7 October 2014 | 14 Comments
Recently I was interviewed on a podcast called The Gaming Careers Podcast. The host, Stephen, asked me a great question that I’ve never considered in regards to Kickstarter and crowdfunding:
On your personal blog you offer advice to managers about the 5 love languages. How could this apply to the Kickstarter space?
The interviewer had really done his research! The love languages are a concept that I’ve written about several times on my personal blog (here and here), but never here on this Kickstarter blog. But I’m glad Stephen made the connection, because the love languages are all about improving relationships, and so is Kickstarter.
Here’s the basic concept of the love languages, a term originally coined and developed by Dr. Gary Chapman: We each feel loved and valued when people do different types of things for us. Because of that, our assumption is that other people feel loved through those same things, but that assumption is rarely correct.
For example, you might feel loved and valued when a friend gives you a gift on your birthday. So on that friend’s birthday, you give them a gift. However, that friend actually doesn’t care much about gifts at all. They much more highly value quality time with you–they would feel more loved if you took them out to lunch for their birthday.
The key is that once we get to know the love languages of the people we care about instead of imposing our love languages onto them, we can have much stronger relationships with them.
Here’s a list of all 5 love languages with some real-life examples of how you can act on them:
- Words of Affirmation (giving your wife a compliment or telling your child that you’re proud of them)
- Acts of Service (taking out the trash for your husband even though it’s his chore or running an errand for your mother so she doesn’t have to)
- Receiving Gifts (giving a present to a friend or making something special for your grandmother)
- Quality Time (taking your boyfriend out to his favorite restaurant or going on lunch run with coworker)
- Physical Touch (giving your wife a shoulder massage or hugging a friend)
Everyone experiences these love languages in different ways, and it’s important to be aware of your own love languages as well as those of the people around you. There are quizzes you can take to determine your love languages, but really the easiest way to do it is to rank them, thinking of concrete examples of what you value and how you feel loved. Then have your spouse or best friend do the same. You might be surprised by what you learn about them.
But the really cool thing that I realized today while discussing the topic with Stephen is that the love languages apply to Kickstarter backers too! Let’s look at the list from that perspective:
- Words of Affirmation: This can involve thanking backers as a whole for building the project with you, or recognizing individual backers for their efforts.
- Acts of Service: What can you do for your backers to make their lives easier? Part of this is structuring the project in a way that saves them the most inconvenience, like EU-friendly shipping. And part of this could mean that you dedicate a little bit of time to help your backers in unique ways, like looking over their project page if they decide to be a creator someday.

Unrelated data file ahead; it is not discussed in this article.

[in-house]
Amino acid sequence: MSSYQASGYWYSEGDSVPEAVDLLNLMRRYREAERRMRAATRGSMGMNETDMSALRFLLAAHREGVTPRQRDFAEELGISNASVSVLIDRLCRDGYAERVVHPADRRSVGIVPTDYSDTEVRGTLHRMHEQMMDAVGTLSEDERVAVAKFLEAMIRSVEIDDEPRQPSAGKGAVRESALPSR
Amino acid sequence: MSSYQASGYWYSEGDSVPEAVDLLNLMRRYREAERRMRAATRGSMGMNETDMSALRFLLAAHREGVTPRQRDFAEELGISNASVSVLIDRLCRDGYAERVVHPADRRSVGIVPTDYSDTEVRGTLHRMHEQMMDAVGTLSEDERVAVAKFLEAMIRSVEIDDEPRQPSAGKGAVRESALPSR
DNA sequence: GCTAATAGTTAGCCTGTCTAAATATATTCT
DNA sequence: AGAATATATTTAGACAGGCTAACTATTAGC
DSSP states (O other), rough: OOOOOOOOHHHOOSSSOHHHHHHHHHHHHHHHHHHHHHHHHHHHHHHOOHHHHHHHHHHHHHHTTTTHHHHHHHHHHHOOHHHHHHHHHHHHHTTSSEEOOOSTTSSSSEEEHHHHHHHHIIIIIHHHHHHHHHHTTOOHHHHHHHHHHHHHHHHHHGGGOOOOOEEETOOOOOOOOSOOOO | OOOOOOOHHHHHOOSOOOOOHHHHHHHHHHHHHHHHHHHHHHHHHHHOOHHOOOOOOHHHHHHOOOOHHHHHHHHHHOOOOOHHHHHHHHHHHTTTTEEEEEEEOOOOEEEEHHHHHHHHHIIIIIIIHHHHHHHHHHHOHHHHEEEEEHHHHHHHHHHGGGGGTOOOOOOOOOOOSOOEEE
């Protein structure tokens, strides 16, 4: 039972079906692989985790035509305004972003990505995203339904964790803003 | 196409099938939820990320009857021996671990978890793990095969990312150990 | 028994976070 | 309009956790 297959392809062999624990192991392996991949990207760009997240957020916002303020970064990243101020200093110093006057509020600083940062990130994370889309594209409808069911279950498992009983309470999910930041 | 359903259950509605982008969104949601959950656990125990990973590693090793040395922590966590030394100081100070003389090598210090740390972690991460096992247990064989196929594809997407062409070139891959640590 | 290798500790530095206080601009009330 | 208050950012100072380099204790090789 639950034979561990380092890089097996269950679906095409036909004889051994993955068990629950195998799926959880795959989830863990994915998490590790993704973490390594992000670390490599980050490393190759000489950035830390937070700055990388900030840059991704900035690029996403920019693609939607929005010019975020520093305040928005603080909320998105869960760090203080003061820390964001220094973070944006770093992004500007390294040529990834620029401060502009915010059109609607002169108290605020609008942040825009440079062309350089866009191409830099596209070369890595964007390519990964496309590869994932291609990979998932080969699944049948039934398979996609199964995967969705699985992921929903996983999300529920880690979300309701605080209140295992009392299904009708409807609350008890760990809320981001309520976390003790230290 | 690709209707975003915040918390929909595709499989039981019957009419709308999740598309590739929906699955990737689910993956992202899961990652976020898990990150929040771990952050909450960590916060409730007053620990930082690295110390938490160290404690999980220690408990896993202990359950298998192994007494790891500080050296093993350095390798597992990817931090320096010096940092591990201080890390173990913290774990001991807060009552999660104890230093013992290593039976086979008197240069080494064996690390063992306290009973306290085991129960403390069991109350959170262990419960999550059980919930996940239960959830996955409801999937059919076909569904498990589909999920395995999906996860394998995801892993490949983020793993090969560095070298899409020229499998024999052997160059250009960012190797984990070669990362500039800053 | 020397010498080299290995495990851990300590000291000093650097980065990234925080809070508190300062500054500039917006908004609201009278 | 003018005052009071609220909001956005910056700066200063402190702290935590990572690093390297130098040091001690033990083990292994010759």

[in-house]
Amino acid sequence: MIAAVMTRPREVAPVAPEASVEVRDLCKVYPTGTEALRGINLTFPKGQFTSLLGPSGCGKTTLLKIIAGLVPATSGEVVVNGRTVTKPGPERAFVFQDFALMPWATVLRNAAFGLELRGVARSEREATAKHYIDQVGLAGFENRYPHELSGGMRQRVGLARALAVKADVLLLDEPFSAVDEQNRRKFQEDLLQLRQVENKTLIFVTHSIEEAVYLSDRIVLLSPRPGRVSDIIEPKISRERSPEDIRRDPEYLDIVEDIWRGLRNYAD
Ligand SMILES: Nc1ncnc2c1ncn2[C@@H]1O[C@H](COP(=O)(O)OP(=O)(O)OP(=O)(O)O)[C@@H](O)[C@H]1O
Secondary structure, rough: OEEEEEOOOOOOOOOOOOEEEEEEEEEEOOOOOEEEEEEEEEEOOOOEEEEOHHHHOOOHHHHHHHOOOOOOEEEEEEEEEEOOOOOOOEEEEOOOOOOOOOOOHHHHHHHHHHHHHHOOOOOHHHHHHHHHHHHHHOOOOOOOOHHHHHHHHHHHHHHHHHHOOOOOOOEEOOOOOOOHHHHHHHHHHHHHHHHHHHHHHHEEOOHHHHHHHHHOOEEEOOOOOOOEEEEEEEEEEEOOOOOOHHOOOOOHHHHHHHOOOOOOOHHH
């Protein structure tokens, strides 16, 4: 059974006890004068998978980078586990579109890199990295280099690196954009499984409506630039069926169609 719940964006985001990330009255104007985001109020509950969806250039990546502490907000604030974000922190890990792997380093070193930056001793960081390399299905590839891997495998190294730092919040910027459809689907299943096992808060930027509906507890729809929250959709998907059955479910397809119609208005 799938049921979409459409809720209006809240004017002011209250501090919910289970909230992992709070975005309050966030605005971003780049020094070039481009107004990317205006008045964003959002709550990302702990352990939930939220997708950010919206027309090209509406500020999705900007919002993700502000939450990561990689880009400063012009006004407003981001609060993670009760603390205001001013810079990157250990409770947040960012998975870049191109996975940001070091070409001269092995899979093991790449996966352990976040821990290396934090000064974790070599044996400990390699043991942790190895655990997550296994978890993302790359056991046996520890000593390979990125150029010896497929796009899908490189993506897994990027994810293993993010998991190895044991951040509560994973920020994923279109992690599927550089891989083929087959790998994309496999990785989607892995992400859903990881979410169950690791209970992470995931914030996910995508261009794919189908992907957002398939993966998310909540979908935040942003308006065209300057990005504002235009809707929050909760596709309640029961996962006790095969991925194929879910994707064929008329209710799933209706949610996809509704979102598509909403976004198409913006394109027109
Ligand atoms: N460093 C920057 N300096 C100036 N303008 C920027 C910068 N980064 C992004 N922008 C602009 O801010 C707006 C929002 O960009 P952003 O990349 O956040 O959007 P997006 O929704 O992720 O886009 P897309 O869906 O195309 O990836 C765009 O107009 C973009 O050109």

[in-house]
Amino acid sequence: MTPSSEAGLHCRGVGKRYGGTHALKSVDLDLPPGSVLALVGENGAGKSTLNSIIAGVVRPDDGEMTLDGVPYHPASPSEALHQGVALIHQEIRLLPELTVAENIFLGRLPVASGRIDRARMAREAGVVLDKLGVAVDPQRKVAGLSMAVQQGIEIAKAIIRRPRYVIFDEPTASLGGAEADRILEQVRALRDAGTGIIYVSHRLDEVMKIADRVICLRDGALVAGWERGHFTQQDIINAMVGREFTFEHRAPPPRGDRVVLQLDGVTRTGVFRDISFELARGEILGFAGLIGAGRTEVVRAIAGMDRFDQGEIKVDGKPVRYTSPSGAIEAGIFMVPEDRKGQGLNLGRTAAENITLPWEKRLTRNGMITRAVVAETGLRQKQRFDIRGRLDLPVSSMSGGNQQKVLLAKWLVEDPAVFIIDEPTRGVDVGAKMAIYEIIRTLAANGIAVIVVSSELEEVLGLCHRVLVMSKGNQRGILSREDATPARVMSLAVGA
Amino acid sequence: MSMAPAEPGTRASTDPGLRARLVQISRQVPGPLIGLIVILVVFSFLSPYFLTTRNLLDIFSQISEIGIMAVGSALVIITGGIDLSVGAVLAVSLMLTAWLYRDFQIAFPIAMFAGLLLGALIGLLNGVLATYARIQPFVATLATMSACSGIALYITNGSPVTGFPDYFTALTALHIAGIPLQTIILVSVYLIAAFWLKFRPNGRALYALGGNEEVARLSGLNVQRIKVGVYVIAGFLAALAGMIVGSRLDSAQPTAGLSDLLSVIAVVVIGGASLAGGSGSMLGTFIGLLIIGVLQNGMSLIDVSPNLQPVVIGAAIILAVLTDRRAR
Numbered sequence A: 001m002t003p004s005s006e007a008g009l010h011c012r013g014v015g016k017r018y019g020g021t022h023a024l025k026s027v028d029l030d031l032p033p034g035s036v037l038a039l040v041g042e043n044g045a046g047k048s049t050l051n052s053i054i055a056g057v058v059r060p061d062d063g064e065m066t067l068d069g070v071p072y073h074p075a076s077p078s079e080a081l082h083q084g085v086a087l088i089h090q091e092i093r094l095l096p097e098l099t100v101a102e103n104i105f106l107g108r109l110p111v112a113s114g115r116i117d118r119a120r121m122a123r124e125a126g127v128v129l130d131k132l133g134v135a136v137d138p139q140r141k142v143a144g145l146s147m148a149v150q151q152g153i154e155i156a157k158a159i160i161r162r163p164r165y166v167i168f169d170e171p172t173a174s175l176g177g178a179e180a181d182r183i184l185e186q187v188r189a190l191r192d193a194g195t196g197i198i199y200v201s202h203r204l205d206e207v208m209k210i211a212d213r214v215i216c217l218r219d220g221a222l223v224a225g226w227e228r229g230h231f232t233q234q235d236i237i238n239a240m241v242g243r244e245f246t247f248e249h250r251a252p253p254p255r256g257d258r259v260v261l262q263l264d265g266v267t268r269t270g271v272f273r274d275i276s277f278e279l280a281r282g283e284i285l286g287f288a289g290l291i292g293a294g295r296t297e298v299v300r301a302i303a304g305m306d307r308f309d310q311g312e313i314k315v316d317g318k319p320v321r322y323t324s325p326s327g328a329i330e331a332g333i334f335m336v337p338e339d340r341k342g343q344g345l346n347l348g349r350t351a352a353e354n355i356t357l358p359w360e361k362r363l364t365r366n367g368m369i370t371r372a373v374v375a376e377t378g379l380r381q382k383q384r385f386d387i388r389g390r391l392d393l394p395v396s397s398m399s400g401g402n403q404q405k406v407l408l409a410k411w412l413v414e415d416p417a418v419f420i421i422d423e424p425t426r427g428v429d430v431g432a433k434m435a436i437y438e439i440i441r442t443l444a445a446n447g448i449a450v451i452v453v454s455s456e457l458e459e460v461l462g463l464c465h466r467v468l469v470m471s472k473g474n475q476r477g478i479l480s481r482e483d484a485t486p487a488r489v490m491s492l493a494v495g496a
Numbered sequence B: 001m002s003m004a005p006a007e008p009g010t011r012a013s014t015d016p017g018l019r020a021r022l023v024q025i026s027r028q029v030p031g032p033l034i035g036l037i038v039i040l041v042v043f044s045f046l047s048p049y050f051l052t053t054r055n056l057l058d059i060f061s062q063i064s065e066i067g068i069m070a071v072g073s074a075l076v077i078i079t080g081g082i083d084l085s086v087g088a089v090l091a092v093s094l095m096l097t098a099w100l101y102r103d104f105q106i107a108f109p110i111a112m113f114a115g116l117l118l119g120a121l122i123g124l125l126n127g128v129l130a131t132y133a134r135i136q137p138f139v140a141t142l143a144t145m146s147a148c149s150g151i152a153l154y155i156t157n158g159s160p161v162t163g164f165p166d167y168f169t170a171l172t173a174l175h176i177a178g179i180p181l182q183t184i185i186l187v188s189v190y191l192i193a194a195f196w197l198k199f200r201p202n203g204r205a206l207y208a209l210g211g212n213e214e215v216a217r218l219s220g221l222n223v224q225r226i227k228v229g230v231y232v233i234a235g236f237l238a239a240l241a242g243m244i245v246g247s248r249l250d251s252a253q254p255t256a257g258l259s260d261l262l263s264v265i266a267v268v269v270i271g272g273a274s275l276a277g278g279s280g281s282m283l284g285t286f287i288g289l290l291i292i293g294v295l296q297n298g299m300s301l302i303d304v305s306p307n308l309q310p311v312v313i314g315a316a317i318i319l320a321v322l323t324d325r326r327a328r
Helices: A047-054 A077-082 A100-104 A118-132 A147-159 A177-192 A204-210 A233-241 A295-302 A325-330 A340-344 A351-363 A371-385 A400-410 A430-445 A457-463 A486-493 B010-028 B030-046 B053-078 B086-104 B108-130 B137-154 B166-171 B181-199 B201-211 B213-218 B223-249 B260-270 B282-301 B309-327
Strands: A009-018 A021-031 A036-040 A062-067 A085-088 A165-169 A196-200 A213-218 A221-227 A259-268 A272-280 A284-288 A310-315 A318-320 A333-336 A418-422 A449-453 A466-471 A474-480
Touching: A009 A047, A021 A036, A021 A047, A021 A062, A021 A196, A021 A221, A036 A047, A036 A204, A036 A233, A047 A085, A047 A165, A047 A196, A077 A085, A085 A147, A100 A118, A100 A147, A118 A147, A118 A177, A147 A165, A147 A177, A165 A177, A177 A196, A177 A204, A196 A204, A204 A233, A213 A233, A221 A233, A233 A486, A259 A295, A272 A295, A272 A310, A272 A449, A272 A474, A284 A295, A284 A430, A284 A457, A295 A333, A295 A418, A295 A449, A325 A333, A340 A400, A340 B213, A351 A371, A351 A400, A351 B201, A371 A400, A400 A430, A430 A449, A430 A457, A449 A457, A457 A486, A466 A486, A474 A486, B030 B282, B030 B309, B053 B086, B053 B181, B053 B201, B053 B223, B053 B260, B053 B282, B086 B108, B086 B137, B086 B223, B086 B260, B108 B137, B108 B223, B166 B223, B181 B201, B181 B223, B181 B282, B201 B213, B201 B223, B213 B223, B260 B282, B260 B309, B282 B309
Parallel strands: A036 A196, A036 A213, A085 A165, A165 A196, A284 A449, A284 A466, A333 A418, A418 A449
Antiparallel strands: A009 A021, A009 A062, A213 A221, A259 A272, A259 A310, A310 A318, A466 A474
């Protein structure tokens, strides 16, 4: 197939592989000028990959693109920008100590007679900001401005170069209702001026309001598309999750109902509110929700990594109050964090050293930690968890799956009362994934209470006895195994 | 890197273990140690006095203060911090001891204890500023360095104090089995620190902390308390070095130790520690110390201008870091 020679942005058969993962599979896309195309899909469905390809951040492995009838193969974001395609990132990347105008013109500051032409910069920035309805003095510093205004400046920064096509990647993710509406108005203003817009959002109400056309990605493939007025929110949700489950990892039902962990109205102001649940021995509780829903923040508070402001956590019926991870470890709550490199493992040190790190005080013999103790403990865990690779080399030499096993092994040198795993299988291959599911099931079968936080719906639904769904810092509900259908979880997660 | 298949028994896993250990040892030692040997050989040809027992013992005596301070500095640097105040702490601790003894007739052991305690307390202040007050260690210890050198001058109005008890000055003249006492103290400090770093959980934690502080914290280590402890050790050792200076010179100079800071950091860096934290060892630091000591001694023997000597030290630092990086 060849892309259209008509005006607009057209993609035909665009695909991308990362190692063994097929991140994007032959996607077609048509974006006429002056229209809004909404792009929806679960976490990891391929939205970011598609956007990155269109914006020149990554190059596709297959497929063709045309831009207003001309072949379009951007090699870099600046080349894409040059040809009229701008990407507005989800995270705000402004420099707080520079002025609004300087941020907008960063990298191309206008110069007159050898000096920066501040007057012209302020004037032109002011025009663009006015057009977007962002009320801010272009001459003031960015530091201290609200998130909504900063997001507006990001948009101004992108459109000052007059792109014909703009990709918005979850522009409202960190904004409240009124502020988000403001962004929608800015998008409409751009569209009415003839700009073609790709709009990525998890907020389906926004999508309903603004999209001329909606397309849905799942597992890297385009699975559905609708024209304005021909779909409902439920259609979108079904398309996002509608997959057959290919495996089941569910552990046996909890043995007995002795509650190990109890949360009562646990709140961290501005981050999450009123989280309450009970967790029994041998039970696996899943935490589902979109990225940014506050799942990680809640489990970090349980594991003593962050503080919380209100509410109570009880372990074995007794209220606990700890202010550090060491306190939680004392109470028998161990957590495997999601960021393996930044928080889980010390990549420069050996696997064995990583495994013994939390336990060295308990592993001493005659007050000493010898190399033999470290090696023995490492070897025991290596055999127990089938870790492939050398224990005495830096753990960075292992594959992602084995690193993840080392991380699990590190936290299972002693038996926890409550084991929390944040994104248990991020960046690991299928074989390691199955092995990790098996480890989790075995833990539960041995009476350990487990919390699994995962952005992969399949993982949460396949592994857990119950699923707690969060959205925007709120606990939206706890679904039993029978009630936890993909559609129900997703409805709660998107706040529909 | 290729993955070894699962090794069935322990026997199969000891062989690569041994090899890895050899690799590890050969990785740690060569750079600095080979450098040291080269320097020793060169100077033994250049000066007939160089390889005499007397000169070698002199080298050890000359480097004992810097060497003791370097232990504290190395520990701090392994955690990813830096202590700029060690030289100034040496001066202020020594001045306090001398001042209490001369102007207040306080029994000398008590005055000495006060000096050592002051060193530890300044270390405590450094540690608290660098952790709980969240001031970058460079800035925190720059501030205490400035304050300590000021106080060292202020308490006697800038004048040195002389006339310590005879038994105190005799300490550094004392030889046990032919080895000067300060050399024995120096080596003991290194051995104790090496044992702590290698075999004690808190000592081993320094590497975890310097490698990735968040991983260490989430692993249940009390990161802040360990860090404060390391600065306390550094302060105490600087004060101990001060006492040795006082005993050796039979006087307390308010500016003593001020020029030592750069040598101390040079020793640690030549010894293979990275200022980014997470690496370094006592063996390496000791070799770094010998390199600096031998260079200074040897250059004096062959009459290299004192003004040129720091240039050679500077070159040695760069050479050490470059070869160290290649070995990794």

- Receiving Gifts: Some backers get really excited about all the stretch goal goodies. They might feel a little like gifts to the backers because they’re getting that extra stuff without having to pay extra.
- Quality Time: Some backers really want to interact with you, particularly in the comments, but sometimes over e-mail too. They want to feel your presence during the project, whether it’s to answer questions about the project or just to talk about random stuff.
- Physical Touch: For some backers, they really want to meet you and hang out. You can do this at conventions, but you can also bridge the digital gap by showing your face on the project video, photos, and other videos you post during the project. It’s not quite the same as reaching through the computer and giving a backer a hug, but it’s a suitable (and slightly less imposing) alternative.
The key to all this is that each backer feels valued (and yes, loved) in different ways, and it’s your job as the project creator to offer those love languages to your backers even if they’re different than the way you feel valued when you back a project. There is no set template for each backer–everyone is different, and everyone experiences the full range of the love language spectrum in different ways.
I’m sure there are lots of ways to explore this concept, so if you’re a fan of the love language and want to share your thoughts, I’d love to hear them in the comments. Also, if you’re new to the love languages, I hope you take a minute to explore the concept, especially with your spouse. It’s a very practical concept to apply to any relationship.
PS. For the record, my top love language is “acts of service.” When someone does something to save me time (my most precious resource), that makes me feel valued and loved. In a way, the converse is true too: When someone abuses my time, it has the opposite effect. So perhaps it’s a good idea to keep an eye on the love languages for their adverse effects too.
You can listen to the podcast I mentioned at the beginning here.